Perhaps the singular achievement of my career is that in 2015 I became the only European journalist who tried and failed to land an interview with Yanis Varoufakis. The reasons were prosaic enough: I was in Athens reporting on SYRIZA, and my appointment with the then finance minister was canceled when he had to fly to Brussels – my home, ironically – for the latest round of emergency bailout talks.
Perhaps it was fitting, because the government to which Varoufakis was attached was the cause of one of the most intense periods I have known as a journalist. In four years based in Brussels for the Economist, I have covered the refugee crisis, the populist ascent, Poland’s assault on its judiciary, Russia’s adventurism, terrorism, Brexit and the crisis over Slovak fish fingers (yes, that was a thing). None of these tested our sleep patterns as much as the Greek crisis 2.0.
It was clear from the moment Varoufakis strutted on to the stage that the Greek story was back. There were endless false starts and fake deadlines as the negotiations over a third bailout faltered. But the pace intensified as the real crunch – two bond redemptions to the European Central Bank worth 3.5 billion euros due in July – approached. At one point we were blessed to be summoned to emergency Eurogroup meetings every other day.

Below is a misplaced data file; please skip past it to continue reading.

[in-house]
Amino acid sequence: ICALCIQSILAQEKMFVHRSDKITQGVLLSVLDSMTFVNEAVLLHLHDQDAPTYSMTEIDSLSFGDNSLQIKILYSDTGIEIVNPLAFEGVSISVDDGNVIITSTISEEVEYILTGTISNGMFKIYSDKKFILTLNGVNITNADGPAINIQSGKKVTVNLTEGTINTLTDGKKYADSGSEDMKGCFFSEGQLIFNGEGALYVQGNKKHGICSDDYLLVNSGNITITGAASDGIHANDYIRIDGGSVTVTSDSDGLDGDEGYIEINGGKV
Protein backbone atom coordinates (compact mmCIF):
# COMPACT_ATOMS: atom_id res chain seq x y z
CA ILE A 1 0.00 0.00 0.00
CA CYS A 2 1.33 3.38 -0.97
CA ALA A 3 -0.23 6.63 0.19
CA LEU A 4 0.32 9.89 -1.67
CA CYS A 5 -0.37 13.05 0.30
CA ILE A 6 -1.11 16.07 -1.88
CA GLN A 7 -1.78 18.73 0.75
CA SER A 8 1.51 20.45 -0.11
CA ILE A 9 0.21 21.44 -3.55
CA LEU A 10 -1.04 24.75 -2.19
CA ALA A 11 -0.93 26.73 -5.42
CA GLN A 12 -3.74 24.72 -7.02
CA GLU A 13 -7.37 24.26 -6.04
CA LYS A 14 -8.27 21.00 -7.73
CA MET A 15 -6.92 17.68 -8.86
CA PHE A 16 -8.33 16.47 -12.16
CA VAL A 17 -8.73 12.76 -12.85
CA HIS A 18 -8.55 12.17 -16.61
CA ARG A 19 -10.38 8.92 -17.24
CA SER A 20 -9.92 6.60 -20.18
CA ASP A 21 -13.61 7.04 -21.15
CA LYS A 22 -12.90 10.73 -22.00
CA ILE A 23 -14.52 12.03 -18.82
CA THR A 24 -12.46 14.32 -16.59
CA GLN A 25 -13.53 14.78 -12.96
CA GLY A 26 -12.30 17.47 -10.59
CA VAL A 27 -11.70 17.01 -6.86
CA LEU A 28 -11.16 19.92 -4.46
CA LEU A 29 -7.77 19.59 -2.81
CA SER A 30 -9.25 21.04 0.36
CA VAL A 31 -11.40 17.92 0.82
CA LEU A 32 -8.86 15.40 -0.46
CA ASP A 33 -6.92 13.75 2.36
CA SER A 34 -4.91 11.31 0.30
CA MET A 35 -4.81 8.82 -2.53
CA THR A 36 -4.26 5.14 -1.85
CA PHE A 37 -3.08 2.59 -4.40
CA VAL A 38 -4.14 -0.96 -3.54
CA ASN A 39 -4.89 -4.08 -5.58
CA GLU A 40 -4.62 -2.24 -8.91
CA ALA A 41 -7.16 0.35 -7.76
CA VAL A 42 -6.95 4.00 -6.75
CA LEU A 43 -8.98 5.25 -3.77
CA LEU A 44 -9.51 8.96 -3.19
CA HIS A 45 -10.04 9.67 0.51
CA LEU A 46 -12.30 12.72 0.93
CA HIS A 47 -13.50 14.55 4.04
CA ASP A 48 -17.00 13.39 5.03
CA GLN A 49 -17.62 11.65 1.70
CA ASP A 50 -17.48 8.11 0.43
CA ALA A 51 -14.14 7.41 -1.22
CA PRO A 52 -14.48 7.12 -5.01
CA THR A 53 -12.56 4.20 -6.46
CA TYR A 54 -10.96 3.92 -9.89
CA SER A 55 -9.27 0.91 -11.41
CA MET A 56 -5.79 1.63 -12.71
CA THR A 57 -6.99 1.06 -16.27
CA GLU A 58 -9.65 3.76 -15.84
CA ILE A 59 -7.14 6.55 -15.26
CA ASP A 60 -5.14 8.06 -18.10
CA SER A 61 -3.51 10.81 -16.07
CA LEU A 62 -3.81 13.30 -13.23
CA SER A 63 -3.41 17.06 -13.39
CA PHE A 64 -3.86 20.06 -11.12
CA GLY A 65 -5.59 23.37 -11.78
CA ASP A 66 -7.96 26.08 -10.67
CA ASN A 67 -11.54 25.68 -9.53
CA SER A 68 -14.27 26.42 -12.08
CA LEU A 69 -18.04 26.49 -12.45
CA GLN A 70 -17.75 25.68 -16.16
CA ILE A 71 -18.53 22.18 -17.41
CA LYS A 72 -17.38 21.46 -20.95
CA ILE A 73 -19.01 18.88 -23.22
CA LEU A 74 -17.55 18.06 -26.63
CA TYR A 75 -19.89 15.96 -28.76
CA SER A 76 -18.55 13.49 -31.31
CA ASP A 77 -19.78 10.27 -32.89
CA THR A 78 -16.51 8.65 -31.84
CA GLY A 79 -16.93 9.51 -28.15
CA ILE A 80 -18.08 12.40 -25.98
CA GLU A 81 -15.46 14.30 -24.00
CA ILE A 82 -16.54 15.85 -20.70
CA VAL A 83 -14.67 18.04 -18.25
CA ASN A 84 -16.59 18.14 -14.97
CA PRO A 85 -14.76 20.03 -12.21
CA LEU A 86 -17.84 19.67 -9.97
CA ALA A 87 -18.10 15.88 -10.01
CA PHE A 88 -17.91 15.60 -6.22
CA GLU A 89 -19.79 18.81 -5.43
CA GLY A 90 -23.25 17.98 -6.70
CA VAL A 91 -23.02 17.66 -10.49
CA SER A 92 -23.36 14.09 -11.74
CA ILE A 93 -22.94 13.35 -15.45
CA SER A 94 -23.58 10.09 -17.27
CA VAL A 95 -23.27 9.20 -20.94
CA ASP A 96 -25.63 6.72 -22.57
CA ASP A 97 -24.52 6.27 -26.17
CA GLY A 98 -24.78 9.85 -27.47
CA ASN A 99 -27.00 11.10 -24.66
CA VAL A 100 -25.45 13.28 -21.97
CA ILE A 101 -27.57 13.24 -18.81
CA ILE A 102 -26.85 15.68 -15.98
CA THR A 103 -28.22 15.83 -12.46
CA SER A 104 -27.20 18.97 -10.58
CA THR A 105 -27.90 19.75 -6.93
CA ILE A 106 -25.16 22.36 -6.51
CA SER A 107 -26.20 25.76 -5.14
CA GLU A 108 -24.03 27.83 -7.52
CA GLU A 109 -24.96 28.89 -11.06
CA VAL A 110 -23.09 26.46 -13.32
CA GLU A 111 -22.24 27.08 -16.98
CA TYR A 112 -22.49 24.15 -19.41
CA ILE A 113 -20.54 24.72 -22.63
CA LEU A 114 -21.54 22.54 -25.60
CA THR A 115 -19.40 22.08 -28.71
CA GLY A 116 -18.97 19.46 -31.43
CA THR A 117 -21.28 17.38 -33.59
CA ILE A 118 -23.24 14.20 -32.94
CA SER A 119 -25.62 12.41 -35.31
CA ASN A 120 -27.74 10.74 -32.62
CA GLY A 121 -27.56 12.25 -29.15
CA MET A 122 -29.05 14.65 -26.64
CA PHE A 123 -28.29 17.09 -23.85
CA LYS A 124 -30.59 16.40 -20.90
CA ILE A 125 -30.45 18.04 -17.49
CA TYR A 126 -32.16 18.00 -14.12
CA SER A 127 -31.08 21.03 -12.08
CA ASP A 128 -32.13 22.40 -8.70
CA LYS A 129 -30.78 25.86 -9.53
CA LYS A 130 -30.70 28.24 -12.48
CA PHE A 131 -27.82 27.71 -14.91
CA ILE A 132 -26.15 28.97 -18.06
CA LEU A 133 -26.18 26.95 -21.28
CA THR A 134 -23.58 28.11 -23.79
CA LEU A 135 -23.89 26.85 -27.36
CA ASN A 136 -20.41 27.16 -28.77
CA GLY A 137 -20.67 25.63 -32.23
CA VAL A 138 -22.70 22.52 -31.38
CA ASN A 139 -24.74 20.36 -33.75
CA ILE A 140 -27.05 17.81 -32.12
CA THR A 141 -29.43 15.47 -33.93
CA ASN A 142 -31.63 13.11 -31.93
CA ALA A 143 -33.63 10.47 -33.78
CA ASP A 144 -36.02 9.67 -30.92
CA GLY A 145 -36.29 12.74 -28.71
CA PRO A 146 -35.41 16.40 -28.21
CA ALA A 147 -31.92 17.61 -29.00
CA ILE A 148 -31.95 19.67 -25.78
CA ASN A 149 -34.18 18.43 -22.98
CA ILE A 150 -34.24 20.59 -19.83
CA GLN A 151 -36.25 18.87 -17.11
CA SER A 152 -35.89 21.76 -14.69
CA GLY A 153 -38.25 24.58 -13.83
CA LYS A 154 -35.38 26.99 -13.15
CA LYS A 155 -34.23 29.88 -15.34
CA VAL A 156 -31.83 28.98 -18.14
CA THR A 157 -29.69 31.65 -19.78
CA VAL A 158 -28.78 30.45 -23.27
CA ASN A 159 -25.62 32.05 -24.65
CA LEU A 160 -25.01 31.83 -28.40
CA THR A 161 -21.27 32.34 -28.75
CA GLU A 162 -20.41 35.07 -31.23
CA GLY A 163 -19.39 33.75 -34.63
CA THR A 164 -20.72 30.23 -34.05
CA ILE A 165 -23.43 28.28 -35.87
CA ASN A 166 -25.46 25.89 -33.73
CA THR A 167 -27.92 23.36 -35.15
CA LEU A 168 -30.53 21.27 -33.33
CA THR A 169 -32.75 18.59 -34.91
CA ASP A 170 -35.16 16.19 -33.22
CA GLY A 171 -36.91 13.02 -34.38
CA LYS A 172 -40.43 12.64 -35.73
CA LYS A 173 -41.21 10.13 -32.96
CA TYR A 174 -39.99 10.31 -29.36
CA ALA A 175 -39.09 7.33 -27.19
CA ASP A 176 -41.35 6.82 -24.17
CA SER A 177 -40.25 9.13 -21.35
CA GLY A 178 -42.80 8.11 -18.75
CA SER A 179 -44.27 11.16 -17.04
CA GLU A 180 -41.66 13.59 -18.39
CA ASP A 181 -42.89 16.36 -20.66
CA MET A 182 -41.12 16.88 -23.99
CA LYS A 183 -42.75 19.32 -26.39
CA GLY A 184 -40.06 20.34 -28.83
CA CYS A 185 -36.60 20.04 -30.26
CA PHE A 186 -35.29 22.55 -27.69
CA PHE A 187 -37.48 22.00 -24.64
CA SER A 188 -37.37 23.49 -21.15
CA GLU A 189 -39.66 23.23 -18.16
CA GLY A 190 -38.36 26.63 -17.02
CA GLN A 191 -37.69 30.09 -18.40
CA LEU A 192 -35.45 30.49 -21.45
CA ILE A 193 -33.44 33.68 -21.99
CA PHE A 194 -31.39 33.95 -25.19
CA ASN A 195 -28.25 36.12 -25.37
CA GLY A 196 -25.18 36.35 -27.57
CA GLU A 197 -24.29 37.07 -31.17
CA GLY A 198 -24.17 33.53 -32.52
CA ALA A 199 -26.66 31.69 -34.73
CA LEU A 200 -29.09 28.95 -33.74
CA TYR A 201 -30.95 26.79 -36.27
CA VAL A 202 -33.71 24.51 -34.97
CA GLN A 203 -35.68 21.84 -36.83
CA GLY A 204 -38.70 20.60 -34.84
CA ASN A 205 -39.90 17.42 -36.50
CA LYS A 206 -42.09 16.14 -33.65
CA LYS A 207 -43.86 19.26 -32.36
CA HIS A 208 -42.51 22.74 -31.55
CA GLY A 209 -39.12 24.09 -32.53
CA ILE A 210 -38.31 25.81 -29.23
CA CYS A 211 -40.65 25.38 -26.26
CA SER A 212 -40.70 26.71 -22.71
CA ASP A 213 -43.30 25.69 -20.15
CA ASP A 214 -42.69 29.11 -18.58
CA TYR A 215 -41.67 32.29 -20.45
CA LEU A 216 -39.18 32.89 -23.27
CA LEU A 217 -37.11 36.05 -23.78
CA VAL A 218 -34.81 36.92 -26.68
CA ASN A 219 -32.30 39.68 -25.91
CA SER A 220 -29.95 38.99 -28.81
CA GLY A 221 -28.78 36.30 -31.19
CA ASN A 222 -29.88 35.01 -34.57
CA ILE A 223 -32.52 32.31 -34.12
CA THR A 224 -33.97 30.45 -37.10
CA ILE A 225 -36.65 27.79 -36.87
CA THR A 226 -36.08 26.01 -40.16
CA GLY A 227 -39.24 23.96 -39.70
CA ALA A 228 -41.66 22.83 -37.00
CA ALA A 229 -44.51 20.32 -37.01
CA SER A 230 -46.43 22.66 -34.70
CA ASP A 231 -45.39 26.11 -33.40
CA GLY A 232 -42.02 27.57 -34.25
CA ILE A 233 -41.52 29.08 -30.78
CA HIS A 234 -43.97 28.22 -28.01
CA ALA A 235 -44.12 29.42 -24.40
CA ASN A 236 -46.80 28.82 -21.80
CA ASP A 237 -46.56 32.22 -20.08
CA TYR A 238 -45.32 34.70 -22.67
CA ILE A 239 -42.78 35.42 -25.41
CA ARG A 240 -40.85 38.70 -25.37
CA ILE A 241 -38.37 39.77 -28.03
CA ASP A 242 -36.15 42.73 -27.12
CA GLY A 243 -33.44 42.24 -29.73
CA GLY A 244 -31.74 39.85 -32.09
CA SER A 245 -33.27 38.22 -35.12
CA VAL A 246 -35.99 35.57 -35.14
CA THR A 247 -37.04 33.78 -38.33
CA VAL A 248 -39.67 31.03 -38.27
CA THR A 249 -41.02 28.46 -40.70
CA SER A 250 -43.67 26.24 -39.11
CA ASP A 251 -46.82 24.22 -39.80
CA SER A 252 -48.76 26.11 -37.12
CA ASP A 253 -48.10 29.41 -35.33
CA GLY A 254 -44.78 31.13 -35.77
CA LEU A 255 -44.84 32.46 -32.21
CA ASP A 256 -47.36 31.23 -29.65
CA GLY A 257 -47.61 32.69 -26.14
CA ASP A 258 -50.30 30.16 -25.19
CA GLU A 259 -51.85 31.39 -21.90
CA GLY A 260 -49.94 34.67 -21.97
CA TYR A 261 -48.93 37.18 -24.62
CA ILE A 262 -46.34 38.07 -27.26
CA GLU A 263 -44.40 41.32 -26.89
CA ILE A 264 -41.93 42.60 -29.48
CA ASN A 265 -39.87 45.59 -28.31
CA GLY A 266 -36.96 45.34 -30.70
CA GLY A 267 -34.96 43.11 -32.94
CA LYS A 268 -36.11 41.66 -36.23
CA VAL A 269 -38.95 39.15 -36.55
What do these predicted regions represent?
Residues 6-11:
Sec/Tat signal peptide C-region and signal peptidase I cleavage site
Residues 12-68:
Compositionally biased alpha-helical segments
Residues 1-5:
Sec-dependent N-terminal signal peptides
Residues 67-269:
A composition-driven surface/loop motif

Then, in June, came Alexis Tsipras’s snap referendum, which ruined a journalist friend’s leaving party. The bar we were in was transformed from a merry scene of carousing into an impromptu newsdesk, as half-cut hacks hit the phones and scrambled to file. As for me, a columnist rather than a newshound, I was running out of ways to cover the talks. Having exhausted the views from Brussels and Athens, I began a tour of eurozone capitals to take the temperature elsewhere. Someone needed to cover the crucial Bratislava angle.
So the crunch summit, in mid-July, came none too soon. That was a brutal night for the Brussels press corps (although, like grizzled Vietnam vets, journalists bearing the euro crisis scars from 2010 growled that it was far worse back then). As the night wore on mysterious signals emerged from the negotiating chambers upstairs: Now Merkel and Tsipras were locked in talks; now Hollande had a counterproposal; now the Dutch were making life difficult. At 1 a.m., with no end in sight (and no daily deadline), I called it a night. The next day I woke early to the news that the politicians were still talking. I jumped out of bed and hot-stepped it to the Justus Lipsius building, just in time to make the press conference where we were told, for the third time in five years, that Greece had been saved.
Tom Nuttall is a journalist at The Economist.